Tuesday, November 26, 2019

Know Any Cheapskates?

          Sure you do. You know me. Okay, I’m not the worst cheapskate ever, but I do try to use the very last of the toothpaste before I toss the tube. I tell myself I’m being thrifty and frugal—much nicer words—but I also get great satisfaction knowing that I re-use and repurpose bottles and boxes that most folks throw away, and even greater satisfaction when I find good deals that save beaucoup buckos.
          St. Bob and I are well matched. One time he started a dining club called Cheap Restaurants of All Kinds (Acronym: CROAK). Maybe I should start a penny-pinchers’ club where we get together and brag about bargains we’ve come across.
          Meanwhile, I decided to see where the term “cheapskate” originated. Turns out nobody really knows (or were they just too cheap to do a study?). It started popping up in the late 1800s, has nothing to do with skates, and generally means someone miserly and stingy.
          Well that’s entirely different. I’d be much more likely to splurge on a gift than on something for myself.  And, with Christmas approaching, we all try not to be like Scrooge.
          BUT… I do have an amazing suggestion for you as you scour the internet and stores for gift ideas. It’s a terrific present that only costs $3.49, less than the price of a greeting card! Perfect for everyone on your gift list. Yes, it’s my latest work, a short story about gratitude called ALittle Christmas Prayer, and it’s perfect for kids or grownups of any faith. Hint: Sometimes it takes a child to raise a village.

Tuesday, November 19, 2019

10 Things You Didn't Know About Chocolate

          Yep, it’s that chocolatey time of year. Actually the entire year is chocolatey if think about it. There’s Halloween which we just had, then Thanksgiving, Christmas, and New Years' LOADED with goodies, then Valentine’s Day, then Easter, then Mother’s Day, weddings, birthdays, then chocolate ice cream all summer, and now we’re back at Halloween again.
          But did you know these 10 facts about chocolate?
1. When wanting to melt chocolate, most people use chocolate chips. But those were formulated not to melt, so they could maintain their shape when baked in cookies.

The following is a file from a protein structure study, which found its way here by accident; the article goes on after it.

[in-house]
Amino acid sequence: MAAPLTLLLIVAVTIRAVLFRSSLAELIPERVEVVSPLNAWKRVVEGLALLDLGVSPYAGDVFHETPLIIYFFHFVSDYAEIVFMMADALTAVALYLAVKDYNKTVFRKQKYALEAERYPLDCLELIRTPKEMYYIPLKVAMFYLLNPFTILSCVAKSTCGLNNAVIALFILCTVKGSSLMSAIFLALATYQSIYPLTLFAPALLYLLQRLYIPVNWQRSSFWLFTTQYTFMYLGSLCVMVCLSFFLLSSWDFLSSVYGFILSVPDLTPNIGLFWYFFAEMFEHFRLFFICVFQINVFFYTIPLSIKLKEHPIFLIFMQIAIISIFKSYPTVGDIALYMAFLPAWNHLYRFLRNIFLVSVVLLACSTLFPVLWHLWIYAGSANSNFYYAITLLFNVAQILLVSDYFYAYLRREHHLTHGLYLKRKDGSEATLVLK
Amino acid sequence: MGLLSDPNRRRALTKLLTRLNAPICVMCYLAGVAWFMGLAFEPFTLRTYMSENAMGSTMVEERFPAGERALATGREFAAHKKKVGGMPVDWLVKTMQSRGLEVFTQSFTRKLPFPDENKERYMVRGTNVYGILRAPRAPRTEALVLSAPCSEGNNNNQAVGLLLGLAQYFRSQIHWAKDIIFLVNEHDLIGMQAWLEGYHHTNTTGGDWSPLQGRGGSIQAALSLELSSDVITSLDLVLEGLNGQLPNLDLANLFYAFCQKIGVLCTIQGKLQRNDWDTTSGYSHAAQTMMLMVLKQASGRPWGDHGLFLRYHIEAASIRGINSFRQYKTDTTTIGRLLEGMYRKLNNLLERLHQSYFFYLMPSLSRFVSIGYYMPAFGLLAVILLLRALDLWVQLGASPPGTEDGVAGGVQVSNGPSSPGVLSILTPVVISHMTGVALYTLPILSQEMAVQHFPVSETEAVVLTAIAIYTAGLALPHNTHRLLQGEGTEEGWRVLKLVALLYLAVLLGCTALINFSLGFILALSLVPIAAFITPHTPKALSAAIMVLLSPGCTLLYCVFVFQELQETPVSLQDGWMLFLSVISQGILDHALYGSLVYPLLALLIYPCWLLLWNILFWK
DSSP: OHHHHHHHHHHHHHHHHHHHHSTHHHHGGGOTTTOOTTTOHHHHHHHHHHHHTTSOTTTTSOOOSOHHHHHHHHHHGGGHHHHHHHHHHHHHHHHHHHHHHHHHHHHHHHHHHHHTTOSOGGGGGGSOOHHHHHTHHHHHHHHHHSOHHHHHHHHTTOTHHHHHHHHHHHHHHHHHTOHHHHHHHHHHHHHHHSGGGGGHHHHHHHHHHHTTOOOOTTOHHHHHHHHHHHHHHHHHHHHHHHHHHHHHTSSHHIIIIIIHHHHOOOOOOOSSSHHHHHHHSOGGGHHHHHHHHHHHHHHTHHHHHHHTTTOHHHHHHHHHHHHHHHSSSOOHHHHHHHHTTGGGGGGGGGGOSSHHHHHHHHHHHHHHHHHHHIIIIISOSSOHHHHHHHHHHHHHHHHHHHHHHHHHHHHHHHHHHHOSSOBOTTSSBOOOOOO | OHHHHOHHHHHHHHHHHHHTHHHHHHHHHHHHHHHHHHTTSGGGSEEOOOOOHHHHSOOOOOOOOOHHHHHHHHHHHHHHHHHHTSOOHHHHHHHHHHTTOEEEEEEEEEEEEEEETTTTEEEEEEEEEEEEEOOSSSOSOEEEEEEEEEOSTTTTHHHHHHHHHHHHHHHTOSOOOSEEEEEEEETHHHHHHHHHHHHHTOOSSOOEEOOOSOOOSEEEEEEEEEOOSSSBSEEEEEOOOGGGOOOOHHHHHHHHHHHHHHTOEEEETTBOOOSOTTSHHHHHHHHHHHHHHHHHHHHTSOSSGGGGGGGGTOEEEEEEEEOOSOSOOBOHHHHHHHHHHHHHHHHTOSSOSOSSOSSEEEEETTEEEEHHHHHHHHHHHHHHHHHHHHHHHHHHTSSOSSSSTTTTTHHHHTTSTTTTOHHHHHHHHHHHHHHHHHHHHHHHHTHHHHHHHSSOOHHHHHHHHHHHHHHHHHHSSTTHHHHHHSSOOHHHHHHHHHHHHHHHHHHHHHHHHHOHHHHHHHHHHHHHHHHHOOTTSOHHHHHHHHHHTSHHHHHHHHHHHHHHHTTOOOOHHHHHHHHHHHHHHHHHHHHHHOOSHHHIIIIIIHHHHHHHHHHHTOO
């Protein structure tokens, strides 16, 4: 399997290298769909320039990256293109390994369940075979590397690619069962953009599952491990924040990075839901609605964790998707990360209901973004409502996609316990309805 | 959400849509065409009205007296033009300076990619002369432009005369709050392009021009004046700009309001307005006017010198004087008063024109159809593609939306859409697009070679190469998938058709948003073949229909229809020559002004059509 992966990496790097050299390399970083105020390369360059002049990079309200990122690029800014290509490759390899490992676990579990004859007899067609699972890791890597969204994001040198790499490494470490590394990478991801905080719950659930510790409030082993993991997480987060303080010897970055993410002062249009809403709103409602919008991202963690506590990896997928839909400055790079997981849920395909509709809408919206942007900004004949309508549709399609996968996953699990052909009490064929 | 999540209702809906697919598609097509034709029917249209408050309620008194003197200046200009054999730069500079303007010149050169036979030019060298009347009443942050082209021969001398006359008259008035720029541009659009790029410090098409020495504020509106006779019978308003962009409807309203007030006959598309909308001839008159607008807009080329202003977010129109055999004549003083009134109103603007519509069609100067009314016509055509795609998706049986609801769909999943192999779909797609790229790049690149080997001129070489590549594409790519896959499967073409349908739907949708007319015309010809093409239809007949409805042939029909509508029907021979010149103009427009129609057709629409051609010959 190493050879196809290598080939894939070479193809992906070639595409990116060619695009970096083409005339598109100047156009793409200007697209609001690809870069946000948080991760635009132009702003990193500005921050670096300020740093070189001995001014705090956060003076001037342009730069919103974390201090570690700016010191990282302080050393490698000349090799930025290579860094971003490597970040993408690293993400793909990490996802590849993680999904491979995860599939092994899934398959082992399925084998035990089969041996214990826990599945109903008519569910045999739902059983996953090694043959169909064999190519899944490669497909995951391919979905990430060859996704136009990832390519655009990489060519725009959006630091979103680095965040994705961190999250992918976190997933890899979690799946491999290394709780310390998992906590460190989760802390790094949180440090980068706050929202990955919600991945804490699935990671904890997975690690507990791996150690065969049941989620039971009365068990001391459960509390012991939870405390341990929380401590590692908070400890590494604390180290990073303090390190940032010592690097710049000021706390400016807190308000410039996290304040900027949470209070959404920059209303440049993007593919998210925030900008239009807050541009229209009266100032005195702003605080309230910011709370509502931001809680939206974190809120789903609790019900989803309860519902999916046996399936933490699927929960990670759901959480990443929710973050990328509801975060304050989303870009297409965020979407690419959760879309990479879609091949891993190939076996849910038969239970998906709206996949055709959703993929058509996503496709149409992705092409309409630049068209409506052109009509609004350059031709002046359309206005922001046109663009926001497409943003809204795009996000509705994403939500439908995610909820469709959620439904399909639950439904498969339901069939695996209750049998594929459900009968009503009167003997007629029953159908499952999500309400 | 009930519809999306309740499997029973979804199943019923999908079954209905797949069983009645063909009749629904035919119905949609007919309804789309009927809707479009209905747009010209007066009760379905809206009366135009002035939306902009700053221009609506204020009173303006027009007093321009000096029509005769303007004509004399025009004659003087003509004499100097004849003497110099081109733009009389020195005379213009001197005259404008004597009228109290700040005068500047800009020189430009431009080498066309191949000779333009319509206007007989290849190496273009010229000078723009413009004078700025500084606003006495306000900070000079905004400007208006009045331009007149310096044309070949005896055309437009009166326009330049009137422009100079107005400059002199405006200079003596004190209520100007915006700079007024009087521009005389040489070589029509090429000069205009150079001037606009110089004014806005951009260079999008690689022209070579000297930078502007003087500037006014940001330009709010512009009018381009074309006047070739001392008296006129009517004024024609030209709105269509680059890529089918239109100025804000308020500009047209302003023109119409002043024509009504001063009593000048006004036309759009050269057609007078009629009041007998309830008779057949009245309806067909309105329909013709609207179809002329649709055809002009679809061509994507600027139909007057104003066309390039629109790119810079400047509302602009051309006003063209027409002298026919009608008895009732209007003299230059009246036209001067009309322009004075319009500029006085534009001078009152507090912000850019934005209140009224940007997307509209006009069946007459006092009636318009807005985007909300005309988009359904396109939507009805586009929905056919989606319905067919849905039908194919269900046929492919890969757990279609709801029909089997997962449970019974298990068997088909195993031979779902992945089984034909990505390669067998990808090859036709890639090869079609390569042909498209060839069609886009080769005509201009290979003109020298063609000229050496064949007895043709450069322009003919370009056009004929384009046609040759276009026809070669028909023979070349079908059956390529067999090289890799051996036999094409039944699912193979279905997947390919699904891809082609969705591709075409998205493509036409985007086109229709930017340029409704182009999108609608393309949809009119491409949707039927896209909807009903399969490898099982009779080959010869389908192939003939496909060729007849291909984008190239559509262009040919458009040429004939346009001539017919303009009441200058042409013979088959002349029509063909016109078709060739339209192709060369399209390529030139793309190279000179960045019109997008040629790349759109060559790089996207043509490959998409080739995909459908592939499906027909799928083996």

2. We've all heard that dark chocolate is heart-healthy, but I have inside info on this, from a friend of the man who led that study. Turns out they only tested dark chocolate. So milk chocolate is probably just as heart-healthy. Just not vegan.
3. Aztecs and Mayans used cacao beans as currency and yes, they had counterfeiters making cacao beans from clay. 
4. The earliest form of it was hot chocolate, and that stayed the case for hundreds of years. “Eating chocolate” came much later.
5. Africa is the main producer of cacao beans.
6. Hershey’s makes 70 million kisses a day (and so named because of the sound the machine makes).
7. White chocolate isn’t technically chocolate, but does contain cocoa butter. 8The chocolate industry makes over $75 billion in annual worldwide sales.
9.   The blood in Psycho's famous shower scene was actually chocolate syrup. 10.The Snickers candy bar was named after the Mars family’s beloved horse.
Now that I have you salivating for chocolate, there’s one more fact that will give you some willpower: It's believed that people who are allergic to chocolate are actually allergic to cockroaches, as around eight insect parts are typically found in a bar of chocolate, according to the Food and Drug Administration (Google it). Yikes!
Thankfully, no insect parts are in any of my books, which make marvelous Christmas gifts.  You can find them all here, and the most recent one, A Little Christmas Prayer, is a timeless short story about how one boy raised a village. Only $3.49— perfect for those little gifts you need to buy in bulk.